BY LAURA SWIHART STAFF WRITER
With eye-catching stories ranging from “How the world’s media reacted to Tuesday’s debate” from BBC (spoiler: they didn’t like it either) to “The Loss That’s Killing the West’s Wildlife” from The Atlantic, it is all but impossible to look at any news site and not be overwhelmed with anxiety.
Nearly buried in the fray, a small story from CNN sticks out.
“Hundreds of thousands of migratory birds have been found dead in New Mexico.”
What started as a few isolated cases of unexplained songbird deaths has ballooned into a songbird apocalypse.
Understandably, this ecological murder mystery has not spent much time in the limelight; the absence of a dawn chorus in the southwest is not as gripping as the climbing death toll of COVID-19.
The California wildfires are thought to have something to do with the tragedy, but the deaths began before the fires – something else is at play. The last paragraph of the article briefly mentions a decline in insect populations. Further down the rabbit hole: “Earth’s insect population shrinks 27 percent in 30 years.”
As our attention is pulled to high-profile injustice and catastrophe, the small details of our complex, beautiful Earth are slipping away unnoticed.
As we focus on lost homes and property in the California wildfires, we hardly notice the soundtrack of our environment fading away. The songs of the birds were buried by sound pollution before, and the absence of their music altogether is only the next casualty of human interference.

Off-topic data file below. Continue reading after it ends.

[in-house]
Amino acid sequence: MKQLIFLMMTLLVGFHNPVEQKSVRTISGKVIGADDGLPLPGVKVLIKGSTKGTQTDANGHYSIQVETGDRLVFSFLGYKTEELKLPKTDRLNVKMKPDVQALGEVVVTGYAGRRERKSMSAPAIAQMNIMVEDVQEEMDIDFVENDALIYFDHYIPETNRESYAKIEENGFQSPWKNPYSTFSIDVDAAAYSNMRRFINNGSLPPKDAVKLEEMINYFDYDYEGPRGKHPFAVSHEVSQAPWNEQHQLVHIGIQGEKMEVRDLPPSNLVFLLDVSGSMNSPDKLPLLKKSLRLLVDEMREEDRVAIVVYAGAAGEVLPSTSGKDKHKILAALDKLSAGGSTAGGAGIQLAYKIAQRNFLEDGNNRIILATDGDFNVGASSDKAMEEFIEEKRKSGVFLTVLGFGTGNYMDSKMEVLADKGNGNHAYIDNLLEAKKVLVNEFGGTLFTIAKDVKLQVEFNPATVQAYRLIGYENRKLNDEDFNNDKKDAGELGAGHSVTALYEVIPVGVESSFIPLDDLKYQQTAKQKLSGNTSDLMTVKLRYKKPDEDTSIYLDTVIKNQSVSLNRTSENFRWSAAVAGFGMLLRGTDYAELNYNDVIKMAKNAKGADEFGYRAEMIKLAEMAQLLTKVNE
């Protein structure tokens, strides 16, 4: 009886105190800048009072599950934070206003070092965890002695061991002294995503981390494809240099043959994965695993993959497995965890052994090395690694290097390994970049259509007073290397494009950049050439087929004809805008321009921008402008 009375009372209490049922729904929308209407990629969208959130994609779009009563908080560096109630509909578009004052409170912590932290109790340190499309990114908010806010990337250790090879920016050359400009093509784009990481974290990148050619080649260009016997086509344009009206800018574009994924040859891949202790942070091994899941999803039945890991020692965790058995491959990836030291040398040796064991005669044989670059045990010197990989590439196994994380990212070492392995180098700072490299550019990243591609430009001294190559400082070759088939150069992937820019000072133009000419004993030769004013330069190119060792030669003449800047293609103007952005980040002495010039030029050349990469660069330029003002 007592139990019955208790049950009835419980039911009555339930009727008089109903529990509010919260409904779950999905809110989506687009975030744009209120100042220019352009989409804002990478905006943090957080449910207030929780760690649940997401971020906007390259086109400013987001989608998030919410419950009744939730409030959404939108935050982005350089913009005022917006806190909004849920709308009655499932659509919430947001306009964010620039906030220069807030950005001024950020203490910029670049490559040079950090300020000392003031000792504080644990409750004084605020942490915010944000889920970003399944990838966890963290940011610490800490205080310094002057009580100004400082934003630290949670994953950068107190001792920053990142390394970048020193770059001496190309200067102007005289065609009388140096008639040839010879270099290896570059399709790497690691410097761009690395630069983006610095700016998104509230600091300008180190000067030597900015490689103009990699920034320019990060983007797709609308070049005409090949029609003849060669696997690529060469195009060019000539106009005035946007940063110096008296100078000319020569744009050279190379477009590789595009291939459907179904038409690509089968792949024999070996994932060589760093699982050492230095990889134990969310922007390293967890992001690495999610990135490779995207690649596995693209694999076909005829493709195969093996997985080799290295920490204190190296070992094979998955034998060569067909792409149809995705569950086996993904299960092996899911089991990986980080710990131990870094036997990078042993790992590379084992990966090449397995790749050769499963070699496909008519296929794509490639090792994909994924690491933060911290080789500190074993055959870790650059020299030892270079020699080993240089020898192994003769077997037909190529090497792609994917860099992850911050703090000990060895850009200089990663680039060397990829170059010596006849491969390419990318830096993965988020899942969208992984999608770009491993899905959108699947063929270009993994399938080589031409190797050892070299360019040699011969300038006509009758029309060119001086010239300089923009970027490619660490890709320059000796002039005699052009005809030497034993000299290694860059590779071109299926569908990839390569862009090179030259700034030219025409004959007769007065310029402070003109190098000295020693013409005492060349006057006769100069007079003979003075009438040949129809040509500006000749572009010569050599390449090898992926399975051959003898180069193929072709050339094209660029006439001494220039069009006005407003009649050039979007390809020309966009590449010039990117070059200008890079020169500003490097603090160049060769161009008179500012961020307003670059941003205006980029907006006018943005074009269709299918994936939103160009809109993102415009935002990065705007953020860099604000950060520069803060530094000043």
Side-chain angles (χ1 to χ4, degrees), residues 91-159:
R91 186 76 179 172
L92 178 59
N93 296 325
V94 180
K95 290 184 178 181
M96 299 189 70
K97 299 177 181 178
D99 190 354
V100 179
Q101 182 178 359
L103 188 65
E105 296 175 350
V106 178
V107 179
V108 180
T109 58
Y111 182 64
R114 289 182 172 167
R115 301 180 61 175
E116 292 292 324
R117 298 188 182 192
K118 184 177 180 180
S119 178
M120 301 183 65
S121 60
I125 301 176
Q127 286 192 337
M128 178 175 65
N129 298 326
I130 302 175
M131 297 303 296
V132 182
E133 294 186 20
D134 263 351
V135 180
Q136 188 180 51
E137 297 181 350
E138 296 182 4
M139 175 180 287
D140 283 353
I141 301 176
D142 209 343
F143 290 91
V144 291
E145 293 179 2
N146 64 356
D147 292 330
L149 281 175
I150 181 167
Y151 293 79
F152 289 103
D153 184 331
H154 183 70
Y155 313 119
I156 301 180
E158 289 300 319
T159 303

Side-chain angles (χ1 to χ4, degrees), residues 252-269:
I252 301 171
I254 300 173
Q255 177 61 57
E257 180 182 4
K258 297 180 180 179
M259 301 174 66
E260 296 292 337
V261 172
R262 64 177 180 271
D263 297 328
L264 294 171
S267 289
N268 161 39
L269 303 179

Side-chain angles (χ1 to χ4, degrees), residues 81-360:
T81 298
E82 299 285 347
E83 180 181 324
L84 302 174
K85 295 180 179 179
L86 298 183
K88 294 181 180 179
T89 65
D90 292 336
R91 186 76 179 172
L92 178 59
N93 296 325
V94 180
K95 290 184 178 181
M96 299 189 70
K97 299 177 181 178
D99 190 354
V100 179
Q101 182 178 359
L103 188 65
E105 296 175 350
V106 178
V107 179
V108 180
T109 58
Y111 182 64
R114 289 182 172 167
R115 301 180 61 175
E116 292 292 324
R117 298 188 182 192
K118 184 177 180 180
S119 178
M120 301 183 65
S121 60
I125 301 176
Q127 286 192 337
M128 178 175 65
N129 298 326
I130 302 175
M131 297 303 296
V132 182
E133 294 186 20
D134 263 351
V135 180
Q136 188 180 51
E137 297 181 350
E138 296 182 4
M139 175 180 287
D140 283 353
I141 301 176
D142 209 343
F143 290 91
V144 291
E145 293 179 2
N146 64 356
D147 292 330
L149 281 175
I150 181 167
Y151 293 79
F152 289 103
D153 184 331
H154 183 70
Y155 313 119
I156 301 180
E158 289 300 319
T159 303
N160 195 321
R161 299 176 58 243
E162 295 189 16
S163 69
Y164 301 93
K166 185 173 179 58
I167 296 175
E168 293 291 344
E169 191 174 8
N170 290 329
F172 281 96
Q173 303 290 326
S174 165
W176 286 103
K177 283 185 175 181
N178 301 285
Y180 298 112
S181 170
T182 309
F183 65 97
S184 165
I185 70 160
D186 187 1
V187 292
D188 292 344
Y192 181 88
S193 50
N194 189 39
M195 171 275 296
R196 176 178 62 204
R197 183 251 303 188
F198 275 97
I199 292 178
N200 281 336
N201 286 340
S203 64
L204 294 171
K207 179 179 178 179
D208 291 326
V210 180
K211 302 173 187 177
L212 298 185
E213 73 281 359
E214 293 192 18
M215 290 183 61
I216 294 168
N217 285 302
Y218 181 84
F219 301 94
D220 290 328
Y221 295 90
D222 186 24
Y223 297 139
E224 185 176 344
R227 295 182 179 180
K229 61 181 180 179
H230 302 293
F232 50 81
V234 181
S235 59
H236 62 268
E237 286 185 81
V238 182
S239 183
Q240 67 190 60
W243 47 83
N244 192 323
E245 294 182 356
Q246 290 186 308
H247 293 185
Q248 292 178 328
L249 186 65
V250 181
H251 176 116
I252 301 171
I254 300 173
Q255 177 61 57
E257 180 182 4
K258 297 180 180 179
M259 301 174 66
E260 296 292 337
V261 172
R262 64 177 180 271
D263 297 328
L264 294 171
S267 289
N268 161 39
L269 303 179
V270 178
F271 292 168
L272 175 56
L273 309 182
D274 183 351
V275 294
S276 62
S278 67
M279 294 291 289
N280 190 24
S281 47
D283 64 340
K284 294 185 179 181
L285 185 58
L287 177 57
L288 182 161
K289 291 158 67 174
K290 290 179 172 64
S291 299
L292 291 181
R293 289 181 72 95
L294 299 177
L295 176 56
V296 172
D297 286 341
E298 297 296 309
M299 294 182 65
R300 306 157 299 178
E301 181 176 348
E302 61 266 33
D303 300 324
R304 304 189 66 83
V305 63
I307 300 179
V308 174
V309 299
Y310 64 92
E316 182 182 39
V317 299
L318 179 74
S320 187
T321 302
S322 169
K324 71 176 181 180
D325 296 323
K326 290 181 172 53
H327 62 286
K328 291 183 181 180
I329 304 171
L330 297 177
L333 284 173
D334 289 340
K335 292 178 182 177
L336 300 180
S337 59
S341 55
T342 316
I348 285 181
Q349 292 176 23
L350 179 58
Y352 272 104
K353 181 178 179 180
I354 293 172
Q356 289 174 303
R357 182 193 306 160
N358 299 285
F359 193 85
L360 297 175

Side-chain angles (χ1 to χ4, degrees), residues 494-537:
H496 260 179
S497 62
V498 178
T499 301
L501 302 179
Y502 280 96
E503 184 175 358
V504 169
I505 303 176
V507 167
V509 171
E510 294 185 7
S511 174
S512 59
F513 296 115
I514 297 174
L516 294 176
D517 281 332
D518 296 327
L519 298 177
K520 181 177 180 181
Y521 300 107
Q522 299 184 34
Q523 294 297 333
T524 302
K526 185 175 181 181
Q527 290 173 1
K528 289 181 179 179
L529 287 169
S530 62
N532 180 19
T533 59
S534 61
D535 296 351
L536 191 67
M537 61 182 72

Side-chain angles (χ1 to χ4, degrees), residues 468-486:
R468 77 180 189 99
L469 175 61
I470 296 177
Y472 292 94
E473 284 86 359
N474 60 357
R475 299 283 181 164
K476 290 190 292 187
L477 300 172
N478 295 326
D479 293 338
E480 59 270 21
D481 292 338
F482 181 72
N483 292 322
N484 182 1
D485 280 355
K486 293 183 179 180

The ubiquitous use of pesticides, introduction of invasive species and urbanization across the globe have chipped away at the natural diversity of our planet, leaving us in an industrialized world where even nature is synthesized.
Manicured gardens give the illusion of environmental conservation to the untrained eye, but these carefully groomed artificial environments replace the natural weeds and wildflowers needed for the diversity of insect life to survive.
Without these insects — their food source — the birds stand no chance, regardless of record-breaking wildfires. If we continue down this path, the birds and the bugs will continue to grow quieter as the natural world is slowly stomped out in the anthropocene epoch.
Luckily, these glanced-over tragedies offer a beacon of hope. One individual cannot realistically influence the election, put out the wildfires, cure COVID-19 or stop global warming. To the individual, major headlines are seemingly unchangeable circumstances.
Yet, in smaller stories, the individual can make a difference.
The end of the tale is not yet written for the insects. There have been increases in numbers of freshwater insects where water sources have been cleaned in recent years. In Wisconsin, local efforts to create an inviting habitat for monarch butterflies have yielded positive results, with 3,848 monarchs recorded on a single day.
Manicured land can be set free once again. Even small, local wildlife restoration programs can yield significant results and preserve an ecosystem.
As individuals, we cannot stop the course of climate change, but we can support the environments we directly engage with. We can restore the nature we have eradicated, and preserve the dawn chorus. We can listen to the music of nature and appreciate the beauty that remains in our chaotic and unpredictable world.